Hudson Strait Facts

Hudson Strait Facts
The Hudson Strait is located between Nunavik and Baffin Island in Canada's north. It links the Labrador Sea and the Atlantic Ocean to Hudson Bay. The Hudson Strait stretches approximately 750 km and varies in width between 70 km and 240 km. The first European to have reported entering the strait's waters was Sir Martin Frobisher, an English navigator, who discovered it in 1578.
Interesting Hudson Strait Facts:
Hudson Strait was originally named Mistaken Strait because the navigator Sir Martin Frobisher, who first entered it.
The first European to actually explore the strait was George Weymouth, in 1602.
In 1610 Henry Hudson explored the strait, for who it was later named after.
If it was not for the ice in the Fury and Hecla Strait, located south of Baffin Island, the Hudson Strait would provide an eastern entrance to the Northwest Passage.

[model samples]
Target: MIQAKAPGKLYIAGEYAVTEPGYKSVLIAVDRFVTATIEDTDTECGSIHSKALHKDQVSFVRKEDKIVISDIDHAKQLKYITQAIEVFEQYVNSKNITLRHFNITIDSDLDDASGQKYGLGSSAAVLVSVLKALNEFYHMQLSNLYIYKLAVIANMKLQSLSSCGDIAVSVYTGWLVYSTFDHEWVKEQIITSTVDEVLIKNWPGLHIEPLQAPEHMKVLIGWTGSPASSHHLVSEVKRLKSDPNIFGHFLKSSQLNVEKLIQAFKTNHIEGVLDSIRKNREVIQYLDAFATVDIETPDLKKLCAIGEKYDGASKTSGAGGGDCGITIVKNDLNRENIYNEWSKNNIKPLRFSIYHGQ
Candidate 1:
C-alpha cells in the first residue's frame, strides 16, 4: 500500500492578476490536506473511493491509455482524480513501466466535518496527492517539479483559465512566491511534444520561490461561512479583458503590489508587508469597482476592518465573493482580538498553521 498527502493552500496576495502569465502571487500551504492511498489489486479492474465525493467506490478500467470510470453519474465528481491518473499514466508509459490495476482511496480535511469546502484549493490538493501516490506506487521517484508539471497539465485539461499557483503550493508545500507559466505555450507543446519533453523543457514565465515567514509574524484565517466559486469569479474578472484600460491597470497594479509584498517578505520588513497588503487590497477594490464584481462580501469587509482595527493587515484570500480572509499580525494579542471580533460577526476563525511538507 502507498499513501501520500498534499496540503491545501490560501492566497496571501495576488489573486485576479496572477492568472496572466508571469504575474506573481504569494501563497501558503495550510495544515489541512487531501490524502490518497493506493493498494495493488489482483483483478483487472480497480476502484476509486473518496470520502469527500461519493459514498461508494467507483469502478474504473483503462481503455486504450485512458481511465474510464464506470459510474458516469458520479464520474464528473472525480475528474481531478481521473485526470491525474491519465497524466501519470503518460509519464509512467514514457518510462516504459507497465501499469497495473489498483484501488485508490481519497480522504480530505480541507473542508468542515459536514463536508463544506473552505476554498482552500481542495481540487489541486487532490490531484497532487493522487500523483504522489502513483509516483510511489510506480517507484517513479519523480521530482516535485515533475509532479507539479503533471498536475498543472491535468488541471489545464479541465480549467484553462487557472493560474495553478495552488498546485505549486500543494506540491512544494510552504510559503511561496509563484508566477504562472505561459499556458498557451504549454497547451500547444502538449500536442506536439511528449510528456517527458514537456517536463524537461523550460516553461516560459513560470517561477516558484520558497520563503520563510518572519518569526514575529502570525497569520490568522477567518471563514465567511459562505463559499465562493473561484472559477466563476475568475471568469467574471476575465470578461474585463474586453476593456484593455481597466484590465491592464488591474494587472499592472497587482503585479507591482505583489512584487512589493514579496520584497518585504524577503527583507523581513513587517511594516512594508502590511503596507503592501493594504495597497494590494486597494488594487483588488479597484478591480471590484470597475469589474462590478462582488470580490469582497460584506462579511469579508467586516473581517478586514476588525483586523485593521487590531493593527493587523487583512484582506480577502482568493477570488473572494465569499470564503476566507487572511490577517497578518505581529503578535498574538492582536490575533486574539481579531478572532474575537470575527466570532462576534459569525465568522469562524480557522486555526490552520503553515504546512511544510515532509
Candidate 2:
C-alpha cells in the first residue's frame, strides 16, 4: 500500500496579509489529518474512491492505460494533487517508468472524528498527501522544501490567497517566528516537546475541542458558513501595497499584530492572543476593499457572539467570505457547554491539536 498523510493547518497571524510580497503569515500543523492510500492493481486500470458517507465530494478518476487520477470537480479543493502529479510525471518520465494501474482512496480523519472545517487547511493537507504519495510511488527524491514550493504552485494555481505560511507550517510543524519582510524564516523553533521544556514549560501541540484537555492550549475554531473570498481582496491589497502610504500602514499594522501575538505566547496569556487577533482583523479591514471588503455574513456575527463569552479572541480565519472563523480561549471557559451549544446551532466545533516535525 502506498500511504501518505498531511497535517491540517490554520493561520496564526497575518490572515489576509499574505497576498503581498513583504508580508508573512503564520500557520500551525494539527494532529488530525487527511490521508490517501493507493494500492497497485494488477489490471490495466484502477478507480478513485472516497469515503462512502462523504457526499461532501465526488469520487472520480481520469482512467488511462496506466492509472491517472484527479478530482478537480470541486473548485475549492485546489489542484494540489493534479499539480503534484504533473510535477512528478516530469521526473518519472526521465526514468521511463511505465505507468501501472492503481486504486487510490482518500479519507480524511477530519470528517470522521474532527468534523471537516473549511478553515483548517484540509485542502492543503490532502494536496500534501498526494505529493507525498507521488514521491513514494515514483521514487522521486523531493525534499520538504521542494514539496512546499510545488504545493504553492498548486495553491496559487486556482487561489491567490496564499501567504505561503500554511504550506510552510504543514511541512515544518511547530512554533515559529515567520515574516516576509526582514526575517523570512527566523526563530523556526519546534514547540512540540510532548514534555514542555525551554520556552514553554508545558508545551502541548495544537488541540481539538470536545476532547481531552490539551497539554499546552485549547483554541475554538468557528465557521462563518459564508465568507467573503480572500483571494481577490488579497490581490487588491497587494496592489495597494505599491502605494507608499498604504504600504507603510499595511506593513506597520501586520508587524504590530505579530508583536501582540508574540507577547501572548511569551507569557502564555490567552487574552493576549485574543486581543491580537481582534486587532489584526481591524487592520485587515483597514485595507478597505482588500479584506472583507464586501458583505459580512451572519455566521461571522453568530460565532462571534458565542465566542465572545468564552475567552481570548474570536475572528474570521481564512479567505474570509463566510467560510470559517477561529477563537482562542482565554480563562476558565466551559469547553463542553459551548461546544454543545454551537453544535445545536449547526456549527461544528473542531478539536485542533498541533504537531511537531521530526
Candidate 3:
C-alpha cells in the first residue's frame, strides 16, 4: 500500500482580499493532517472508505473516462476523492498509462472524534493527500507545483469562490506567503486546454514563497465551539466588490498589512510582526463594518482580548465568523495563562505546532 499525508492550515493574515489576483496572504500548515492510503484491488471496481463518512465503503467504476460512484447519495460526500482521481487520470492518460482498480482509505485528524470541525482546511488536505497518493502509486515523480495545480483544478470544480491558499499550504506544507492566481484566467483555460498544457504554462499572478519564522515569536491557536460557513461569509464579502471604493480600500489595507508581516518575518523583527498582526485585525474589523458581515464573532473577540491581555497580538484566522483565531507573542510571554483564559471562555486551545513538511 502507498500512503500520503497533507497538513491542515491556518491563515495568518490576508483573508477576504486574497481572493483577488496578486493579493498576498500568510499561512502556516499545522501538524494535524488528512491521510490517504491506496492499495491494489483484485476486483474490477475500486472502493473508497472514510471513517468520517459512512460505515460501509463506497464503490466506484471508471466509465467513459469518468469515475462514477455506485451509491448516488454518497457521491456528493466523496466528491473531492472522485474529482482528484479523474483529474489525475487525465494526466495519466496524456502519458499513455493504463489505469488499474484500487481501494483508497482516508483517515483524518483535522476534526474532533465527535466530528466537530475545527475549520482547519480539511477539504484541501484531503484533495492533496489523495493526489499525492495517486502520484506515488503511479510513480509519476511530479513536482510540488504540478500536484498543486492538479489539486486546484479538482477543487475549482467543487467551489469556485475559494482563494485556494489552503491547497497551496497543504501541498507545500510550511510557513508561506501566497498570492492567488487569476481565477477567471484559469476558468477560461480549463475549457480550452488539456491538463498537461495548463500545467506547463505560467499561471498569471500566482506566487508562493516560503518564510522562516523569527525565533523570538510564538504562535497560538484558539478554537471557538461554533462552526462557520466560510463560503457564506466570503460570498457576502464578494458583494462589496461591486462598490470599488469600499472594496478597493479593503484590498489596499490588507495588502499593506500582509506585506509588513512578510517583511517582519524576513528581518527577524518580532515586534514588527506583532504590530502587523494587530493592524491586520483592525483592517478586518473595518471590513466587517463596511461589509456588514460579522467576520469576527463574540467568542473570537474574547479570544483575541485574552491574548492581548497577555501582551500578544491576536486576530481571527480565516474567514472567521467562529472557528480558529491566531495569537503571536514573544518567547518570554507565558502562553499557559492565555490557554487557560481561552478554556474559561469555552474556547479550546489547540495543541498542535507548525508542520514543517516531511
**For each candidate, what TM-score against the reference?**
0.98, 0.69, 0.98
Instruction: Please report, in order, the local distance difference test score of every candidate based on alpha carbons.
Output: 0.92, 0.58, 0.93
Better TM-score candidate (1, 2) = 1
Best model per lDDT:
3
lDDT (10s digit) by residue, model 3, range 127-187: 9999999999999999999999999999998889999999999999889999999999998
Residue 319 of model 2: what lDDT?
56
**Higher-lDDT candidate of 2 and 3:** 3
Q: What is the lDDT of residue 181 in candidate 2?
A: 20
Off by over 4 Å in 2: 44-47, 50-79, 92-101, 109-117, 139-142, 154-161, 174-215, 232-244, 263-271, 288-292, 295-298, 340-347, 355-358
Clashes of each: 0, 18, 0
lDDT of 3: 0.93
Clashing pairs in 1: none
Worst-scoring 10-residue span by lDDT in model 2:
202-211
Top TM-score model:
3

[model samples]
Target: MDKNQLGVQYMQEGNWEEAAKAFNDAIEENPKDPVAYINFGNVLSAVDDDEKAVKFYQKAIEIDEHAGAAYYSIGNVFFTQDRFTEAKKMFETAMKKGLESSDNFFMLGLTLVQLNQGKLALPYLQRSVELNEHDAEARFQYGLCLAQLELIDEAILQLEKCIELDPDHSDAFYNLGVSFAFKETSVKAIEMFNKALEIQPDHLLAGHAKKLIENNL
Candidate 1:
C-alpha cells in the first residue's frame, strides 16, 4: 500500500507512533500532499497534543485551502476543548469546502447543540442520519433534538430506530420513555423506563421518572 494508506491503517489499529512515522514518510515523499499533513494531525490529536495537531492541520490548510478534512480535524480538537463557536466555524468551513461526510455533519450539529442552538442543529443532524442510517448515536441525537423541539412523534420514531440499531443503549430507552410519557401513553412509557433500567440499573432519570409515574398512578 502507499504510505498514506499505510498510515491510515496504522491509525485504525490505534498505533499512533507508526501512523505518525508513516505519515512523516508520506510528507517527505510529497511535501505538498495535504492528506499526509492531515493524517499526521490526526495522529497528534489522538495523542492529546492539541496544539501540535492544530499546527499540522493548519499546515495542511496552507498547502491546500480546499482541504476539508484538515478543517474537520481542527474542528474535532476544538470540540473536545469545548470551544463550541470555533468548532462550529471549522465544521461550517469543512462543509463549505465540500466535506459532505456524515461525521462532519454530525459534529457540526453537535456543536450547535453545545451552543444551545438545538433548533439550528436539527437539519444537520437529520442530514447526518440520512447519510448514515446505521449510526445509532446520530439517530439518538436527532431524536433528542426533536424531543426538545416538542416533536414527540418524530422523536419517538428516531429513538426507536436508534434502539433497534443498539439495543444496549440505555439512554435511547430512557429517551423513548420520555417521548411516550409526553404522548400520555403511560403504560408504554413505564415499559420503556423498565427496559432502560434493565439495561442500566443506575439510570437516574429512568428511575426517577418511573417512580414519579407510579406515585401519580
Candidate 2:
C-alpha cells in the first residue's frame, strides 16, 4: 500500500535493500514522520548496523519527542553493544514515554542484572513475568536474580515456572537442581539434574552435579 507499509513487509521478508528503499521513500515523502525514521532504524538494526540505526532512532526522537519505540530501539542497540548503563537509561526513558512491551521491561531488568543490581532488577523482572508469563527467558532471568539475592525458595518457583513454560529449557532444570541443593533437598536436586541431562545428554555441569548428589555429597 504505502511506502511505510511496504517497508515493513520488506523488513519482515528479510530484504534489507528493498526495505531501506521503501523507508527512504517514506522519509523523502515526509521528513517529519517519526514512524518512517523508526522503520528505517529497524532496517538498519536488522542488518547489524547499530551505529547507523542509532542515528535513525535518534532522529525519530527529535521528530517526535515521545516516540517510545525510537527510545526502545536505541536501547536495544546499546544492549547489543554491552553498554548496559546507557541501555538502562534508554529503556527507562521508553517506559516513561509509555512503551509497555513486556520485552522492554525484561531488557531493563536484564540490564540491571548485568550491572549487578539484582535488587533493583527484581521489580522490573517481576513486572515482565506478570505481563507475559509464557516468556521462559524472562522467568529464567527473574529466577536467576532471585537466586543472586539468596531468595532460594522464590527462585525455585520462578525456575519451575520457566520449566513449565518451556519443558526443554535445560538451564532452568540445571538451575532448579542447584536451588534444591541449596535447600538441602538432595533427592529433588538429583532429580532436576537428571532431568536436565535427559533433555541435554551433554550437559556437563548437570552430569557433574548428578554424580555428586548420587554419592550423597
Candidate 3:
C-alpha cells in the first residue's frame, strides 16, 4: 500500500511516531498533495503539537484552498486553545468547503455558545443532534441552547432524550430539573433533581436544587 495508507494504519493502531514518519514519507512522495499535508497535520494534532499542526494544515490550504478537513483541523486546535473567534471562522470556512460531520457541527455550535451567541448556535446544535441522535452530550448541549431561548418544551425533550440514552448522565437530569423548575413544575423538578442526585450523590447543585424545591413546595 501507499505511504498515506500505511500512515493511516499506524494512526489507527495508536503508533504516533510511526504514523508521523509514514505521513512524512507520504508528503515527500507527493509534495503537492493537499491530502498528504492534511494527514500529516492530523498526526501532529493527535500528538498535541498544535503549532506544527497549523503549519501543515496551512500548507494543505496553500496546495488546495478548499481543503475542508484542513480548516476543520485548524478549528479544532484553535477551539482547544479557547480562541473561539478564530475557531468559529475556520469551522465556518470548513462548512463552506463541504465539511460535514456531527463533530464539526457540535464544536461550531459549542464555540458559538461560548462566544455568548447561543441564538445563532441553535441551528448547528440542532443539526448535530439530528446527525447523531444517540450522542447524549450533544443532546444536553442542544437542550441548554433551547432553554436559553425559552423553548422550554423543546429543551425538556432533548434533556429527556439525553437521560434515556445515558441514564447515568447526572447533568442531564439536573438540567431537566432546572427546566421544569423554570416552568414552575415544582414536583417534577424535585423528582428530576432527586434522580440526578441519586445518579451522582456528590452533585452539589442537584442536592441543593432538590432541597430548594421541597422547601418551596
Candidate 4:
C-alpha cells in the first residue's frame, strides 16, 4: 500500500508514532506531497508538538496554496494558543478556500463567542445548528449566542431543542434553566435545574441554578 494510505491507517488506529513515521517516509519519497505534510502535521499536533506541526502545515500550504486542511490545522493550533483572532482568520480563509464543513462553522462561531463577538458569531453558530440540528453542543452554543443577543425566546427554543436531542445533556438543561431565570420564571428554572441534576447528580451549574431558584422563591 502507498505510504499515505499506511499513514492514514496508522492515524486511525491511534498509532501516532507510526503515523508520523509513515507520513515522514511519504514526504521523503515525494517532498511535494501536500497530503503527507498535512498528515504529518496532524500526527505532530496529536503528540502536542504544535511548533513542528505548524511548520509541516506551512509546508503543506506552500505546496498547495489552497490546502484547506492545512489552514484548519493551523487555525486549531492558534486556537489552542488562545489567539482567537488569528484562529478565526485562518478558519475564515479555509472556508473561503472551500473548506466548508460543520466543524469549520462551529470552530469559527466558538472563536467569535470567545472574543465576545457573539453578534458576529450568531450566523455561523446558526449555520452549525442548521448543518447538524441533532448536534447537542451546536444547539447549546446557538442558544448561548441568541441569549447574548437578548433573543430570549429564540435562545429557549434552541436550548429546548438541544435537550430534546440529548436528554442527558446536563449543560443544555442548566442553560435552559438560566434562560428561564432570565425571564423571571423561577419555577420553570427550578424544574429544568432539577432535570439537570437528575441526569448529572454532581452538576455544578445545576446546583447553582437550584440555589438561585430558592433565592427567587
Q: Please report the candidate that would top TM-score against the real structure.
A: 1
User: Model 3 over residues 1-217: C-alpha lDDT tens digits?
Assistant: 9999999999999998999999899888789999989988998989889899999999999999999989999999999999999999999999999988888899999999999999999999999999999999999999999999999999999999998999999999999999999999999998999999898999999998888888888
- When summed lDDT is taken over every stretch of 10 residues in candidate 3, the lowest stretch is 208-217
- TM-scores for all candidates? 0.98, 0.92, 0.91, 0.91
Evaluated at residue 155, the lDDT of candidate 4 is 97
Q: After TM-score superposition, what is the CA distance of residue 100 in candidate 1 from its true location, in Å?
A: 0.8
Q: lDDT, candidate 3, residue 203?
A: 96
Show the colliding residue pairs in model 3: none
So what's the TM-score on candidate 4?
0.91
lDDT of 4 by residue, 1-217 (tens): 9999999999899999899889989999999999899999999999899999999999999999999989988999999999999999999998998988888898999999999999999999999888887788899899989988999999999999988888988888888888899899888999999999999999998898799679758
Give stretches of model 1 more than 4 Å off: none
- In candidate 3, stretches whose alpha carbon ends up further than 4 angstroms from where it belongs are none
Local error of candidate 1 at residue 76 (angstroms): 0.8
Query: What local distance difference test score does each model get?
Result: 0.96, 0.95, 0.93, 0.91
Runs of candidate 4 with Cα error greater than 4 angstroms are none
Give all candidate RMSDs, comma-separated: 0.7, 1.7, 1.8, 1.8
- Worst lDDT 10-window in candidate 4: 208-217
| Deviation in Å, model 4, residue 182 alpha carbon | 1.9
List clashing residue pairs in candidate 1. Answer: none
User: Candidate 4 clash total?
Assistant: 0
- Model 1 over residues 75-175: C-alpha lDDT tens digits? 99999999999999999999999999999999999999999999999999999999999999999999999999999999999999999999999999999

The eastern entrance to Hudson Strait is at Resolution Island and Cape Chidley.
At one time the Hudson Strait was mistakenly believed to be the Northwest Passage.
Polar bears frequently use the sea ice over Hudson Strait for hunting grounds.
The climate in Hudson Strait is resulting in hunting season for polar bears to be delayed by as much as two weeks a year due to ice build-up not being sufficient.
The Hudson Strait is been used in the fur trade commercially for 300 years.
Hudson Bay's company ships began using Hudson Strait in 1670.
France and England struggled for the ownership of Hudson Strait until 1713 when France ceded its claim.

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